There she was, however, and they could only make the best of her. The introductions were gone through in much form. The archdeacon shook hands with the bishop and named Mr Harding, who received such an amount of greeting as was due from a bishop to a precentor. His lordship then presented them to his lady wife; the archdeacon first, with archidiaconal honours, and then the precentor with diminished parade. After this Mr Slope presented himself. The bishop, it is true, did mention his name, and so did Mrs Proudie too, in a louder tone; but Mr Slope took it upon himself the chief burden of his own introduction. He had great pleasure in making himself acquainted with Dr Grantly; he had heard much of the archdeacon’s good works in that part of the diocese in which his duties as archdeacon had been exercised (thus purposely ignoring the archdeacon’s hitherto unlimited dominion over the diocese at large). He was aware that his lordship depended greatly on the assistance which Dr Grantly would be able to give him in that portion of the diocese. He then thrust out his hand, and grasping that of his new foe, bedewed it unmercifully. Dr Grantly in return bowed, looked stiff, contracted his eyebrows, and wiped his hand with his pocket–handkerchief. Nothing abashed, Mr Slope then noticed the precentor, and descended to the grade of the lower clergy. He gave him a squeeze of the hand, damp indeed, but affectionate, and was very glad to make the acquaintance of Mr –; oh, yes, Mr Harding; he had not exactly caught the name— ‘Precentor in the cathedral’ surmised Mr Slope. Mr Harding confessed that such was the humble sphere of his work. ‘Some parish duties as well,’ suggested Mr Slope. Mr Harding acknowledged the diminutive incumbency of St Cuthbert’s. Mr Slope then left him alone, having condescended sufficiently, and joined the conversation among the higher powers.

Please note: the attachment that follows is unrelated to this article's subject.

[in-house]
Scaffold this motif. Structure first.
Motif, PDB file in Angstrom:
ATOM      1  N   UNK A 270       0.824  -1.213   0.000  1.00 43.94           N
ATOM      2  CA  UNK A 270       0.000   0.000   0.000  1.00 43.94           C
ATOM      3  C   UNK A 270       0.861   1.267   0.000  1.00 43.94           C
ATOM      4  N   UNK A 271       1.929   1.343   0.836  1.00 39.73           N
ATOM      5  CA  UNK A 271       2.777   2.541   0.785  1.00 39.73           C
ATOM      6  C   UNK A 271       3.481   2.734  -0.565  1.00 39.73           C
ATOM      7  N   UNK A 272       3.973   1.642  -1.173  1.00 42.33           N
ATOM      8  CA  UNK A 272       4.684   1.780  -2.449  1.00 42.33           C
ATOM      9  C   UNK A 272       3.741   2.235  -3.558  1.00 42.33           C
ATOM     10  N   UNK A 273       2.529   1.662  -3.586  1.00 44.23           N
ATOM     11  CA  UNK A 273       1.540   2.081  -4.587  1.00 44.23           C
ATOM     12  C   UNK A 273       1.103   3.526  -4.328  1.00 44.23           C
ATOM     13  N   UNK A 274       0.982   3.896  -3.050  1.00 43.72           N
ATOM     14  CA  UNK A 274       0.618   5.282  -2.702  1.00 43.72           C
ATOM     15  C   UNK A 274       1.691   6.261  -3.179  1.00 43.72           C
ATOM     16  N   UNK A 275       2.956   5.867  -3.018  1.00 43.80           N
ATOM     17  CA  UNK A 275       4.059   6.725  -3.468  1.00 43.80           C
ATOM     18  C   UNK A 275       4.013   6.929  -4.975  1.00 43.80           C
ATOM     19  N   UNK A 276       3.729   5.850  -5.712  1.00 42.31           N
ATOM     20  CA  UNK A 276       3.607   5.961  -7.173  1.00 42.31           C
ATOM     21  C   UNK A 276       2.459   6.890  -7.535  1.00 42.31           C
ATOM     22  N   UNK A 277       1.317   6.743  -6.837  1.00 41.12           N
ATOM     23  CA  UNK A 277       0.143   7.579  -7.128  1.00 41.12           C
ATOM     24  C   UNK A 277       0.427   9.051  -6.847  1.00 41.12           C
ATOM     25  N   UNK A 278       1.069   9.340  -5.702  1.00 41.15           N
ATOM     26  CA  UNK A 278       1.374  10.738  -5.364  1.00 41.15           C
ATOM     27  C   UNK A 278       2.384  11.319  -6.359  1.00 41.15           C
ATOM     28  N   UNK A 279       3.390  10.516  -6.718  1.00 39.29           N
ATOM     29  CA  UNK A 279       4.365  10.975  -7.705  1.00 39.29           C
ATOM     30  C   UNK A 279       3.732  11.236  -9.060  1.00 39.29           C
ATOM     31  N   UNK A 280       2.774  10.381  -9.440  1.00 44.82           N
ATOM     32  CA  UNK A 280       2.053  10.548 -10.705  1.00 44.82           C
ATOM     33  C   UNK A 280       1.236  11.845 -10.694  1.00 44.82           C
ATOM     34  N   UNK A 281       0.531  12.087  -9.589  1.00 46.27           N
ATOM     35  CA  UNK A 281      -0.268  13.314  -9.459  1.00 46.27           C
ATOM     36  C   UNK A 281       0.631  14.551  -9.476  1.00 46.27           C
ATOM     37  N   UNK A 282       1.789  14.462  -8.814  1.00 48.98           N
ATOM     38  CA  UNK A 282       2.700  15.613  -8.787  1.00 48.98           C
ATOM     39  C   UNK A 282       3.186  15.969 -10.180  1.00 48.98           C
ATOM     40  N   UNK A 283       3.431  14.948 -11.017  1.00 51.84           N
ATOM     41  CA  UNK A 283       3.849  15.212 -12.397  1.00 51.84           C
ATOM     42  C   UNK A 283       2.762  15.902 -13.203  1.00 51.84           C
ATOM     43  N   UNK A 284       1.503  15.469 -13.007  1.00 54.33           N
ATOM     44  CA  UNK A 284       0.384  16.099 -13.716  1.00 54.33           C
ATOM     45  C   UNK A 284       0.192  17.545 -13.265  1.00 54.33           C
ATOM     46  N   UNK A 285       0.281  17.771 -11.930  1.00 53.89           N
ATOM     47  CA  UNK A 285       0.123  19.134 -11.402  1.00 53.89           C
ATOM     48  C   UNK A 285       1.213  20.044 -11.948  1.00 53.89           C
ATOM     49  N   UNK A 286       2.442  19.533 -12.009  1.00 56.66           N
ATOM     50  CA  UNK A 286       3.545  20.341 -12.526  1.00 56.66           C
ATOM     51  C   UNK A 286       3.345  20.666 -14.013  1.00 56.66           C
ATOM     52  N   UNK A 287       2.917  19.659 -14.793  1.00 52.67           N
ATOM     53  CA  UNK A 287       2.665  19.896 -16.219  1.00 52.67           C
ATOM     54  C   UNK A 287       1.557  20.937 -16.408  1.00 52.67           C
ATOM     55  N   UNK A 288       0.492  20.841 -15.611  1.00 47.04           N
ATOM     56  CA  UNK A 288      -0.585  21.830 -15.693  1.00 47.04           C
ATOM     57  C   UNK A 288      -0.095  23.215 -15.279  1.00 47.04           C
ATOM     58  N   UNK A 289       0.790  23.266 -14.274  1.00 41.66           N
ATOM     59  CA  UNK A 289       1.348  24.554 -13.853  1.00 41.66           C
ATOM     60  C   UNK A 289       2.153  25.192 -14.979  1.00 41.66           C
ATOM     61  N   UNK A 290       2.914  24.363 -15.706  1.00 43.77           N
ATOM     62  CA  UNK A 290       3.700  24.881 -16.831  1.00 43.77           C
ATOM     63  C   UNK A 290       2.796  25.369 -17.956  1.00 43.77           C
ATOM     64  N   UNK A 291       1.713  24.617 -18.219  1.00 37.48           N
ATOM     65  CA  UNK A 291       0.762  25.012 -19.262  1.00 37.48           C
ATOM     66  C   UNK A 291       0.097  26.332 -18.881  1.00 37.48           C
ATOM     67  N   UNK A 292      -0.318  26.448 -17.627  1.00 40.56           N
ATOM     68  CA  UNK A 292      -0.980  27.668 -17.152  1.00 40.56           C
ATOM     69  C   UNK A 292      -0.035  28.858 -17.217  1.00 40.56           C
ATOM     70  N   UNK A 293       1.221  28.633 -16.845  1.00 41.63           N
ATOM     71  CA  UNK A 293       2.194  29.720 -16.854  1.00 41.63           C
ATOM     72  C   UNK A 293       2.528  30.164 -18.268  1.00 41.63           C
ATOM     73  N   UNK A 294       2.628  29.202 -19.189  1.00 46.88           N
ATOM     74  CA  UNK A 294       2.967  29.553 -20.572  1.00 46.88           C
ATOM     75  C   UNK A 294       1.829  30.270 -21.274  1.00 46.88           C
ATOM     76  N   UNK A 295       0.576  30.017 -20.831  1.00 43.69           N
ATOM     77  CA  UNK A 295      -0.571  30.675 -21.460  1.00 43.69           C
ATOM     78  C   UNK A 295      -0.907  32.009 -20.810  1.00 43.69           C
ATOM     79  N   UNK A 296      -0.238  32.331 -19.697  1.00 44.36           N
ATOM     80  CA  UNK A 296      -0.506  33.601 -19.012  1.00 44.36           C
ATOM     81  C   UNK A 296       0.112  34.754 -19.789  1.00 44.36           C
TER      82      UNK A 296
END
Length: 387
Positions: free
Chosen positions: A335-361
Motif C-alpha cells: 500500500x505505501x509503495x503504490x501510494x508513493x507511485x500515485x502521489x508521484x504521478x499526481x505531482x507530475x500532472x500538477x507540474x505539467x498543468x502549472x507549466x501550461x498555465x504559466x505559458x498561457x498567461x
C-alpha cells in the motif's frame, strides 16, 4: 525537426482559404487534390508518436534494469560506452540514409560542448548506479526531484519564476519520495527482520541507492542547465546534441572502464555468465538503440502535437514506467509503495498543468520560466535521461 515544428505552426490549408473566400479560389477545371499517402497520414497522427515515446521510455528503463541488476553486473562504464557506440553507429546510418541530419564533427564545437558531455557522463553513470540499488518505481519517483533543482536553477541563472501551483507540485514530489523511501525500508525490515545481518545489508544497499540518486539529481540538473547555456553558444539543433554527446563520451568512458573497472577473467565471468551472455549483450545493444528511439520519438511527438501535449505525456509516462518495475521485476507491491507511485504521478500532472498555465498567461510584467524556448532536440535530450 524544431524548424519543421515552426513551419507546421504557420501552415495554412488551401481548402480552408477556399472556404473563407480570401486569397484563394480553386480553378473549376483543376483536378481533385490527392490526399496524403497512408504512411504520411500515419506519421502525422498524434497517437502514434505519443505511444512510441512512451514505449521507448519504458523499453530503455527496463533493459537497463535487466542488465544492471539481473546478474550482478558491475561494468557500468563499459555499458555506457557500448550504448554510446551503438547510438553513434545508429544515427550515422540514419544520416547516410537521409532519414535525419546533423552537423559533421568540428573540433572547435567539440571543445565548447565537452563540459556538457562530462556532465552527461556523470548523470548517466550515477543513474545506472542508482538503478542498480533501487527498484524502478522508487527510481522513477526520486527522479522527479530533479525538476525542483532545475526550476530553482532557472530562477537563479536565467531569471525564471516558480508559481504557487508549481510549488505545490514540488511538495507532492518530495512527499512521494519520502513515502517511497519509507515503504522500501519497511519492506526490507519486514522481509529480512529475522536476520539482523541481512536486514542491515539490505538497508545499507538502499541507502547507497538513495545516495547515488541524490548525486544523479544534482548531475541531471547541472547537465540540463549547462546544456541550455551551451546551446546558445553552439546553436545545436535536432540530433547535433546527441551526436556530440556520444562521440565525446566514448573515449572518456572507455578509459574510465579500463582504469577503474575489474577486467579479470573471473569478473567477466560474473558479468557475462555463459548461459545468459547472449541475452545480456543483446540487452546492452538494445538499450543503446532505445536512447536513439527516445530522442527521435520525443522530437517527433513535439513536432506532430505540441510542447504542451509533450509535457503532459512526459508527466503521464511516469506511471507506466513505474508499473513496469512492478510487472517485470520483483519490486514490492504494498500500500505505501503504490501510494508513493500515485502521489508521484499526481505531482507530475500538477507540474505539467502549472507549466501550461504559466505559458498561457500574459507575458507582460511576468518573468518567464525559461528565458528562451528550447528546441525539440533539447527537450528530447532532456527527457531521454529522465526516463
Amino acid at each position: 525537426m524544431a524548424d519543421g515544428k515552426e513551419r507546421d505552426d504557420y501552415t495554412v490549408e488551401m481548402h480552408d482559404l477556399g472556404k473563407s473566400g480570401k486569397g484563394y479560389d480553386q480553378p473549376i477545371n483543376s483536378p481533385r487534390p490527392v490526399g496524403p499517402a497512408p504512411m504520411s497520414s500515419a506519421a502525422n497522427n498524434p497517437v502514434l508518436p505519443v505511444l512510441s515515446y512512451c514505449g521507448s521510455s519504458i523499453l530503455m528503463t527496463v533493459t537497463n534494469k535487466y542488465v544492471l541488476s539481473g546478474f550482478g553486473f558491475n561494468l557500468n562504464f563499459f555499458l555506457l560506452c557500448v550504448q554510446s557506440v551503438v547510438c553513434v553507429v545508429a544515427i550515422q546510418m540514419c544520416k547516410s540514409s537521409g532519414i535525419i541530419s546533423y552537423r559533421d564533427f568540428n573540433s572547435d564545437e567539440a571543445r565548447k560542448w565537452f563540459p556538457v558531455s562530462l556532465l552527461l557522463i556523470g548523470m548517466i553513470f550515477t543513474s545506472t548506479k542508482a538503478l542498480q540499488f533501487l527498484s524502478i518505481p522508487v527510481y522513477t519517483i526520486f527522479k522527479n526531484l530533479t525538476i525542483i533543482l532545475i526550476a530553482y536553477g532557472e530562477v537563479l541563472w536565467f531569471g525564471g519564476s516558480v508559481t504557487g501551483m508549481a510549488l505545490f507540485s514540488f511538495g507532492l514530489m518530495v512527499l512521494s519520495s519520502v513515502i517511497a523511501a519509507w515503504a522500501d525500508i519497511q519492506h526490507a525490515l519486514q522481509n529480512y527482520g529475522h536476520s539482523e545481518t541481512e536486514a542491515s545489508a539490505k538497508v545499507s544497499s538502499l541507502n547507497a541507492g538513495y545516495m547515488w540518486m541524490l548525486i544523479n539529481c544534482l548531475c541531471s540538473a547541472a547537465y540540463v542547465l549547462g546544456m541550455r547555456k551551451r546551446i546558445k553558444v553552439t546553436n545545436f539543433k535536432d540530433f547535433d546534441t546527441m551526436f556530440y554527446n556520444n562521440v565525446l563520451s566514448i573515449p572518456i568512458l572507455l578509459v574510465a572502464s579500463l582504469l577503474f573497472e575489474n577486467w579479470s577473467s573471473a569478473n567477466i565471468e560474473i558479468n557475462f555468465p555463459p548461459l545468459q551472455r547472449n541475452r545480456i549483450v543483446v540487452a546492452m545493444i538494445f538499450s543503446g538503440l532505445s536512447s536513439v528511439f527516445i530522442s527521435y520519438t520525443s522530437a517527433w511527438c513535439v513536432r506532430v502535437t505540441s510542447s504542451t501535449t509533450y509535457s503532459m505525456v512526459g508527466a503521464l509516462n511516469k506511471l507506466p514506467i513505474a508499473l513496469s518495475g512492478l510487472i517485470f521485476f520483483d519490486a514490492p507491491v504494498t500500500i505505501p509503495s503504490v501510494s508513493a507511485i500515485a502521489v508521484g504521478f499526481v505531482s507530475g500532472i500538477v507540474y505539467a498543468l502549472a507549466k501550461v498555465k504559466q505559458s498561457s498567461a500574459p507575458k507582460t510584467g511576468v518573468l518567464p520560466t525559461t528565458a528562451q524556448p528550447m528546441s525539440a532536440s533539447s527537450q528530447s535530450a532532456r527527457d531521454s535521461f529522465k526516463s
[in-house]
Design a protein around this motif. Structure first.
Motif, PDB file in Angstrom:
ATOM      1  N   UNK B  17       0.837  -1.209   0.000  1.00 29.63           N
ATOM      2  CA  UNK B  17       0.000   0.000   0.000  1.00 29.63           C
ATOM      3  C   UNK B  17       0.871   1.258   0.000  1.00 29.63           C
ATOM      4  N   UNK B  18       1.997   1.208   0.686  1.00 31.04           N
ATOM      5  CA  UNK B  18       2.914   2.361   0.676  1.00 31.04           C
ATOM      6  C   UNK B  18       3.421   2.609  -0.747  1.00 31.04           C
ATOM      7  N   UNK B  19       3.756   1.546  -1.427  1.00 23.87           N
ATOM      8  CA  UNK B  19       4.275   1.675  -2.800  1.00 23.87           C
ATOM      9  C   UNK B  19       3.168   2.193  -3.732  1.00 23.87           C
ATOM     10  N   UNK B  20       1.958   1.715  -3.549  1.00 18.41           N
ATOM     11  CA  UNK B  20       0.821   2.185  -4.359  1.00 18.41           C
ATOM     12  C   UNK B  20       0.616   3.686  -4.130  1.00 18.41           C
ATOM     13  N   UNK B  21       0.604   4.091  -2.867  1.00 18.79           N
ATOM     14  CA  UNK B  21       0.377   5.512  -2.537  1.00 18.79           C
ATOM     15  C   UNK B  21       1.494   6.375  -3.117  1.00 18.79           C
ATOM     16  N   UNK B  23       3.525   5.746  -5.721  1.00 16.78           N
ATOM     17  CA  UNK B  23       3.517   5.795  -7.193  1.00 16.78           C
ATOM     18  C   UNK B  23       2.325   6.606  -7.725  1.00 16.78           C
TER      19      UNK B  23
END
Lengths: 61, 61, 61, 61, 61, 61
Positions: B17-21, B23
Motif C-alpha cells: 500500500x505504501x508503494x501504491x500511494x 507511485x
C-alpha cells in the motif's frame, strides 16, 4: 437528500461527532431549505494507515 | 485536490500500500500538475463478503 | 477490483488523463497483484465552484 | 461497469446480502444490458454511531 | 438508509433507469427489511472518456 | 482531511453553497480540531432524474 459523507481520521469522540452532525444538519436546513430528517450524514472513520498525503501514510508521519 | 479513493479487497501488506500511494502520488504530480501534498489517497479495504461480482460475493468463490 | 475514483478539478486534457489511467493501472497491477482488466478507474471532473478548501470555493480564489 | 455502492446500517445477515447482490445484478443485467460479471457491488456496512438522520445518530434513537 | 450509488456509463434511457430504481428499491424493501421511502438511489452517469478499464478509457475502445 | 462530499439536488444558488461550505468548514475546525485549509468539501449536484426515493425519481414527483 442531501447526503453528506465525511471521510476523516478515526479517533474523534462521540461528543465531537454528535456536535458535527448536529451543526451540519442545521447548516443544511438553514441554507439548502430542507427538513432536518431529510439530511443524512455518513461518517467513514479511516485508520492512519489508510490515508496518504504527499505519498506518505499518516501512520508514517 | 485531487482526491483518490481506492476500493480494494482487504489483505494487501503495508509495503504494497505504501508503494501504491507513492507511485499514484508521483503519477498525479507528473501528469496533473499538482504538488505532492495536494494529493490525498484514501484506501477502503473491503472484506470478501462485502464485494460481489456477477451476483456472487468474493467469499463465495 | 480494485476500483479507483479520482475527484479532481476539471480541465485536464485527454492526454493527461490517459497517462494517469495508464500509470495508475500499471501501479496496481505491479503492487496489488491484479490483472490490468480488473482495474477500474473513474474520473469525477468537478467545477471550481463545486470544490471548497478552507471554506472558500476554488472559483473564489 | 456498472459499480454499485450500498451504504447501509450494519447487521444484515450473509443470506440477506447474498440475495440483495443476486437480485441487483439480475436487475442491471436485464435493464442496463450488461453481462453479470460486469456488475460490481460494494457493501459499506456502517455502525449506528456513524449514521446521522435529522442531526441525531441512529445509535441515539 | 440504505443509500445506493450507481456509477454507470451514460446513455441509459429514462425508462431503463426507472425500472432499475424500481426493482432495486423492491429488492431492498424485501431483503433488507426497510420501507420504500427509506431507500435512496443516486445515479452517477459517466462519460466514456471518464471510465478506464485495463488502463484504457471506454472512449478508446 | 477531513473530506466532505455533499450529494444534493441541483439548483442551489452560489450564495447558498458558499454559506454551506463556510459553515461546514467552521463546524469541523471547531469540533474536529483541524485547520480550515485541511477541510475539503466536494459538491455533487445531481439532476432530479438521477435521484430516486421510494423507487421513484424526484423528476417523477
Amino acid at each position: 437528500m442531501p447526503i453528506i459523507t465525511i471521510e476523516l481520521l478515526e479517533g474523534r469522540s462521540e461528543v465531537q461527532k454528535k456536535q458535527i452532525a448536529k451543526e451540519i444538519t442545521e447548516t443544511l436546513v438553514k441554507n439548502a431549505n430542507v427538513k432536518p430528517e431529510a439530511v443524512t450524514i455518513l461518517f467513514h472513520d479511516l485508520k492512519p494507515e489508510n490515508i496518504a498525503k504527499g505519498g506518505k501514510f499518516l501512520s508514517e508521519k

There were four persons there, each of whom considered himself the most important personage in the diocese; himself indeed, or herself, as Mrs Proudie was one of them; and with such a difference of opinion it was not probable that they would get on pleasantly together. The bishop himself actually wore the visible apron, and trusted mainly to that—to that and to his title, both being facts which could not be overlooked. The archdeacon knew his subject, and really understood the business of bishoping, which the others did not; and this was his strong ground. Mrs Proudie had her sex to back her, and her habit of command, and was nothing daunted by the high tone of Dr Grantly’s face and figure. Mr Slope had only himself and his own courage and tact to depend on, but he nevertheless was perfectly self–assured, and did not doubt but that he should soon get the better of weak men who trusted so much to externals, as both bishop and archdeacon appeared to do.

‘Do you reside in Barchester, Dr Grantly?’ asked the lady with the sweetest smile.

Dr Grantly explained that he lived in his own parish of Plumstead Episcopi, a few miles out of the city. Whereupon the lady hoped that the distance was not too great for country visiting, as she would be so glad to make the acquaintance of Mrs Grantly. She would take the earliest opportunity, after the arrival of her horses at Barchester; their horses were at present in London; their horses were not immediately coming down, as the bishop would be obliged in a few days, to return to town. Dr Grantly was no doubt aware that the bishop was at present much called upon by the ‘University Improvement Committee’: indeed, the Committee could not well proceed without him, as their final report had now to be drawn up. The bishop had also to prepare a scheme for the ‘Manufacturing Towns Morning and Evening Sunday School Society’, of which he was a patron, or president, or director, and therefore the horses would not come down to Barchester at present; but whenever the horses did come down, she would take the earliest opportunity of calling at Plumstead Episcopi, providing the distance was not too great for country visiting.

The archdeacon made his fifth bow: he had made one at each mention of the horses; and promised that Mrs Grantly would do herself the honour of calling at the palace on an early day. Mrs Proudie declared that she would be delighted: she hadn’t liked to ask, not being quite sure whether Mrs Grantly had horses; besides, the distance might have been &c, &c.

Dr Grantly again bowed, but said nothing. He could have bought every single individual possession of the whole family of the Proudies, and have restored them as a gift, without much feeling the loss; and had kept a separate pair of horses for the exclusive use of his wife since the day of their marriage; whereas

  By PanEris using Melati.

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